The climatarian diet: Easy swaps to make your meals more eco-friendly02/01/2023
‘Red meat, especially beef, is one of the food items with the largest carbon footprint,’ says Dr Alona Pulde from healthy eating app Lifesum.
‘Cattle need a lot of resources, such as land, water and food, plus cows release methane gas, which makes beef one of the food items with the highest impact on the environment. Other foods with a large impact include coffee and palm oil.
‘Vegetables, fruit, grains, beans and lentils are sustainable, nutritious options to include in your diet, as they provide a lot of nutrients, while requiring fewer resources to grow and produce.
‘A “climatarian” diet is a way of eating that includes plenty of environmentally friendly food options, while reducing, or excluding, the foods that have a larger impact on the environment (such as beef).
‘It doesn’t mean that you need to start a fully plant-based diet, rather just be more mindful of your choices and reduce the amount of the less environmentally friendly food.’
Sounds easy enough, and it’s better for our health, too.
‘Eating a climatarian diet rich in nutritious foods such as beans, lentils, vegetables, whole grains and fruit can make us live longer,’ adds Dr Alona. ‘Shifting to a more plant-based diet could reduce both mortality and greenhouse gas emissions by up to ten% and 70% respectively by 2050.
‘A balanced nutritious diet reduces the risk of cardiovascular diseases. Plant-based diets have been shown to reduce your risk of high blood pressure by 34% and reduce your LDL or “bad” cholesterol by up to 30%.’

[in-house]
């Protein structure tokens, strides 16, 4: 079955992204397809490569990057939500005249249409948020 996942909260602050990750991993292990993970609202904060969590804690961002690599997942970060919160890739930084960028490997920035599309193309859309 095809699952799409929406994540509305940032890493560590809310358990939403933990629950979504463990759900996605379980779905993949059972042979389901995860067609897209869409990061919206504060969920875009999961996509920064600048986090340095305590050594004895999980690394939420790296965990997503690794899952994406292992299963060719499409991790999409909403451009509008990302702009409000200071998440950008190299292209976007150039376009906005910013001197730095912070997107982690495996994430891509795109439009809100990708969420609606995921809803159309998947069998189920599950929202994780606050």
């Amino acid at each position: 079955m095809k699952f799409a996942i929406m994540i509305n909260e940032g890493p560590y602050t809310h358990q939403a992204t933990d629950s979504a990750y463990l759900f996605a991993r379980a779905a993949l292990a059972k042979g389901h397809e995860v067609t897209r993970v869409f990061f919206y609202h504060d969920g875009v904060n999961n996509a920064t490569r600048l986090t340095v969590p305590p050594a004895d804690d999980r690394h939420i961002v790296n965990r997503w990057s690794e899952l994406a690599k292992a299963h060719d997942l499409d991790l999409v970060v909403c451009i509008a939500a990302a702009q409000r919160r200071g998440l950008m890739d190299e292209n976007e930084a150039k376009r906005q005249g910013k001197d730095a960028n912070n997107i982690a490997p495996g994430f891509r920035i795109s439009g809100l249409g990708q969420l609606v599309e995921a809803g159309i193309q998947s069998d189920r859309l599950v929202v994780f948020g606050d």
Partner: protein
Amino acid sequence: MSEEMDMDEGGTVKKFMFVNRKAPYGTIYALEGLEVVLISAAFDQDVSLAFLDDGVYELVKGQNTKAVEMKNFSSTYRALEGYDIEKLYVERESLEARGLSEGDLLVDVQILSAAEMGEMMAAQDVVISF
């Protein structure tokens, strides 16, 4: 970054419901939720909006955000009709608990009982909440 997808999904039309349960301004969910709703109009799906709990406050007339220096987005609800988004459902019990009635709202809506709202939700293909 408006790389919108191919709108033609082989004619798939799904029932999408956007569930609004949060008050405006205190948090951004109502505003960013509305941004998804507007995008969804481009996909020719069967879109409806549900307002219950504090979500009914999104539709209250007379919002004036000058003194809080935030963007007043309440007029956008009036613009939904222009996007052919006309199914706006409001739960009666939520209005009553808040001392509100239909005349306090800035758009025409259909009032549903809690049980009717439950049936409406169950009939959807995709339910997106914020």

It’s also worth rewarding brands taking active steps against global warming. Last year, The Climate Positive Food Company pledged to create a range of snacks using only surplus fruit from British farms. Squished was created in 2021 and by September 2022 had ‘rescued’ 25,000kg of berries destined for landfill. It now aims to ‘rescue’ one million kilos of fruit by 2024.
And crisps firm Walkers now uses carbon-capture technology to help turn leftover potato peelings from its factories into new low-carbon fertiliser, which can then be used to grow the same potatoes in its crisps. And snack brand Nurhu’s oat-based bar has a rice paper label printed with edible ink and covered in an edible wrapper, minimising waste further.
Kylie Fitzpatrick, FMCG specialist and director at Verve Global Market Research Agency says: ’Some brands are focusing on their ingredients and the way products are made, while others like Beyond Meat are targeting methane emissions – its plant-based meat alternatives use 99% less water than traditional meat and create 90% fewer greenhouse gases.
Brands are also looking at manufacturing processes; gin brand Bombay Sapphire’s distillery is now a certified green building and runs on 100% renewable energy. Packaging is also a key area. Waitrose recently switched from glass to aluminium cans for its singles serve wines, expected to halve the carbon footprint per drink and Cadbury has removed the plastic windows from Easter eggs.’
Download Dr Alona’s seven-day meal plan for free at lifesum.com
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